For many longtime visitors to Hatteras Island, the famed Mirlo Beach sign at the northern edge of Rodanthe was always a sign that a long car ride was almost over, and an Outer Banks vacation was about to begin.
Well known as the unofficial welcome to the island’s seven villages, the large wooden sign has been through countless hurricanes, nor’easters, and flooding events, and has still held its ground for four decades.
The sign has been photographed thousands of times over the years, from visitors who excitedly captured their Outer Banks arrival, to news outlets that documented ocean overwash on this vulnerable section of the island, with the “Dare to Dream the Impossible Dream” text serving as an ironic-but-true caption.
But with the North Carolina Department of Transportation (NCDOT) currently removing the old stretch of N.C. Highway 12 known as the S-Curves – a roadway that is now bypassed by the Jug Handle Bridge – the Mirlo Beach sign is a lot less visible these days.
Today, a visitor has to take a second exit on the new roundabout, cruise to the end of the road in Rodanthe, and peek over massive piles of sand to catch a glimpse of the sign.
And, unfortunately, the sign is not as impressive as it was when it was first constructed roughly 40 years ago. Regular flooding has caused plenty of wear and tear, and the moniker “Dare to Dream the Impossible Dream” was unceremoniously removed over the summer by vandals, along with the “Mirlo Beach” headline.
But there’s good news for visitors and residents who have a lifetime of memories that intersect with this famous sign, as the Mirlo Beach sign is getting a makeover, as well as a new home.
Dan Richards is the President of the Mirlo Beach Homeowners Association (HOA), which includes roughly 75 homeowners in this northernmost Hatteras Island community. His wife, Jan, is also active in the HOA, and she is spearheading a committee to examine the options for saving the Mirlo Beach sign.
“Someone recently asked me about the ‘ratty old sign,’ and if we were just going to leave it or throw it away, and I said, ‘Oh no, it’s an icon!’” said Jan. “I have pictures of my kids playing near the sign, so it’s definitely important to us.”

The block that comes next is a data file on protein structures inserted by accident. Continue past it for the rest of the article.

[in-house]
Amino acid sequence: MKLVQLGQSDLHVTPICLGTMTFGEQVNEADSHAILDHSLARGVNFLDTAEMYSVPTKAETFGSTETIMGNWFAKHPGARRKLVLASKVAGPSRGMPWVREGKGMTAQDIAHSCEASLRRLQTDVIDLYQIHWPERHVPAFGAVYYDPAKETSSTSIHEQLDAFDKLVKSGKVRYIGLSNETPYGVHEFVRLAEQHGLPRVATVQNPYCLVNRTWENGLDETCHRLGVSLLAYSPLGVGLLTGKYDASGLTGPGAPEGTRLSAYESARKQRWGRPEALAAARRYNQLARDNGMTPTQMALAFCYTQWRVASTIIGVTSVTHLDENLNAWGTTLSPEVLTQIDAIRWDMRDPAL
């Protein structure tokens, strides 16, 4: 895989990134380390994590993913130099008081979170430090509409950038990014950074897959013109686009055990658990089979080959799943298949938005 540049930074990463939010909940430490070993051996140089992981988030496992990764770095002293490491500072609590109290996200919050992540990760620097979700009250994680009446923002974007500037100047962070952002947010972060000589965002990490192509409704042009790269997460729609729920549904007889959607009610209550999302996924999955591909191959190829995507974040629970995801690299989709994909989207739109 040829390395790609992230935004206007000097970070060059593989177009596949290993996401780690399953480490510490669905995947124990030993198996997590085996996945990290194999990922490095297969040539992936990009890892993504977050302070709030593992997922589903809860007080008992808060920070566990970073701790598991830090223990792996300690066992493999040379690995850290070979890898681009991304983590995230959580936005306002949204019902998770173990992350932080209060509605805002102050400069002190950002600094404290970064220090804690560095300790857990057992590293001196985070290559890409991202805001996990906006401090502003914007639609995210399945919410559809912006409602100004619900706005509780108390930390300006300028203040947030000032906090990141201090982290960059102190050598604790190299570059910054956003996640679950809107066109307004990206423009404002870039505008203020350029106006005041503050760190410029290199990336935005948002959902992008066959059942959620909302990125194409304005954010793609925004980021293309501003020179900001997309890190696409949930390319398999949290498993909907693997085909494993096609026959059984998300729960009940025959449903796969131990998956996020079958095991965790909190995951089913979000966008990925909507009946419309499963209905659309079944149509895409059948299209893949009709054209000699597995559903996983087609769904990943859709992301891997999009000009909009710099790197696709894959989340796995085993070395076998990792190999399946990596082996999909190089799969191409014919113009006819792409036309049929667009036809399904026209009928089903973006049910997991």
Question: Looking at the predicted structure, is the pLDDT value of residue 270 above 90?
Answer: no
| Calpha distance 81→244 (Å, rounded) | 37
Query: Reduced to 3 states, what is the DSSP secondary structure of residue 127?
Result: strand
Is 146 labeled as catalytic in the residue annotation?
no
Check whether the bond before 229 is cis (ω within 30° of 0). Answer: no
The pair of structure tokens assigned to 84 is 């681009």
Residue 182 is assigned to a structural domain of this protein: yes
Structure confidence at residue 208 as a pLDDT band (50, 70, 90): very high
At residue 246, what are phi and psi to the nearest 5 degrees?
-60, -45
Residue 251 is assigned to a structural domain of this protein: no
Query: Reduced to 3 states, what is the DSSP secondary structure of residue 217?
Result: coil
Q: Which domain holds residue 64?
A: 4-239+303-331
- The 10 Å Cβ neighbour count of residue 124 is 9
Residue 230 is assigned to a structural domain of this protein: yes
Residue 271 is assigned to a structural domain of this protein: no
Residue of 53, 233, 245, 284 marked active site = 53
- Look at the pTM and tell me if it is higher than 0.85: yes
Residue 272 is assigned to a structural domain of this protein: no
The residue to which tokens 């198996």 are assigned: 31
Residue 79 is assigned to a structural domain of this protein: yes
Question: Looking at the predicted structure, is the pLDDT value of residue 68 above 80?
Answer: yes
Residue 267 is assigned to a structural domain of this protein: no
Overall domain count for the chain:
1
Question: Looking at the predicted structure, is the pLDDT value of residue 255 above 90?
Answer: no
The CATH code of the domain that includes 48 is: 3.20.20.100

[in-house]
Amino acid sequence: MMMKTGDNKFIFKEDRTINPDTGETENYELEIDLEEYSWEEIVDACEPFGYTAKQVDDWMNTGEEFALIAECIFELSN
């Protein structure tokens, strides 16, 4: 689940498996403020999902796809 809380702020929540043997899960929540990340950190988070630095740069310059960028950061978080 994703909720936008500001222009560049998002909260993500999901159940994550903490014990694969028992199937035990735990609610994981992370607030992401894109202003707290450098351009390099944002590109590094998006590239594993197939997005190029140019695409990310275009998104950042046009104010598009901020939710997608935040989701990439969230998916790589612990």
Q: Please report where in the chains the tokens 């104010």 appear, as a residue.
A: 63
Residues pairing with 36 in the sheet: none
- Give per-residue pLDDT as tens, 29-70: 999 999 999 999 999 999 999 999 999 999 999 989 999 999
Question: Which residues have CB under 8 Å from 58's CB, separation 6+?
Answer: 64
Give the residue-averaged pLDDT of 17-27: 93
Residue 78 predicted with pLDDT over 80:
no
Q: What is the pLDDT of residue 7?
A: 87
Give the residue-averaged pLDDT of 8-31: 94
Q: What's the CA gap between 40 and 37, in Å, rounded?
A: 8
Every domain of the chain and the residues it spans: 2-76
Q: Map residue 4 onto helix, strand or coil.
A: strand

The project to restore and move the sign is in its very early stages, but there has already been some significant progress.
The Richards have found a refurbishing specialist who will help bring the sign back to its former glory, from the signature wooden boat to the missing letters on the north-facing side.
“The plan is to keep the sign intact as much as possible, and looking just like it was,” said Dan. “That’s the goal.”
And while the refurbishing process will be slow-going due to the intricate work, one of the biggest expected challenges will be moving the sign itself from its very secure location.
“The Green Lantern house and the old Serendipity house were built in 1981, and the sign has design elements that [mirror] the Green Lantern home, so we are guessing it was built around then,” said Jan, referring to the two homes that originally bordered the sign. (The Serendipity home was moved to a new location in 2009, but the Green Lantern home still remains.)
“And since then, the sign has weathered every storm. It has stood through [2011’s] Irene, [2012’s] Sandy, and every storm I can remember since we started coming here in 2007.”
“So the hard part is going to be removing it, because those pilings are very deep,” she added. “No matter what [the weather brings], the sign has never moved.”
Once the sign has been removed, however, the big question is where it will go from there.
Its current locale just past the literal end of the road is not ideal. Now that the highway no longer exists in this area, the sign is not visible, and is more at risk to the elements – especially if a small inlet eventually forms in this narrow stretch of the island.
But there are plenty of options on where it will land. The Mirlo Beach community has a soundside beach, a community greenspace in the center of the neighborhood, and a southern entrance where the second, (although less famous), Mirlo Beah sign currently stands.
“We will be having our annual homeowners meeting in November, so we’ll decide on a location then,” said Jan. “We may put it in the community area, near the tennis courts, or along the soundside beach… But we want our [homeowners’] input, so we’ll ask our community and go from there.”
The endeavor to restore and move the sign will likely be paid for from the Mirlo Beach HOA’s funds, and expenses are currently being evaluated.
But for the millions of Hatteras Island visitors who are used to seeing the sign as their unofficial welcome when they hit the home stretch of their journey to the Outer Banks, the onset of the project is good news, and well worth the effort.
“I think everyone has a memory of seeing that sign when they first arrive,” said Jan. “It’s a landmark for us, so we’re making [every effort] to keep it.”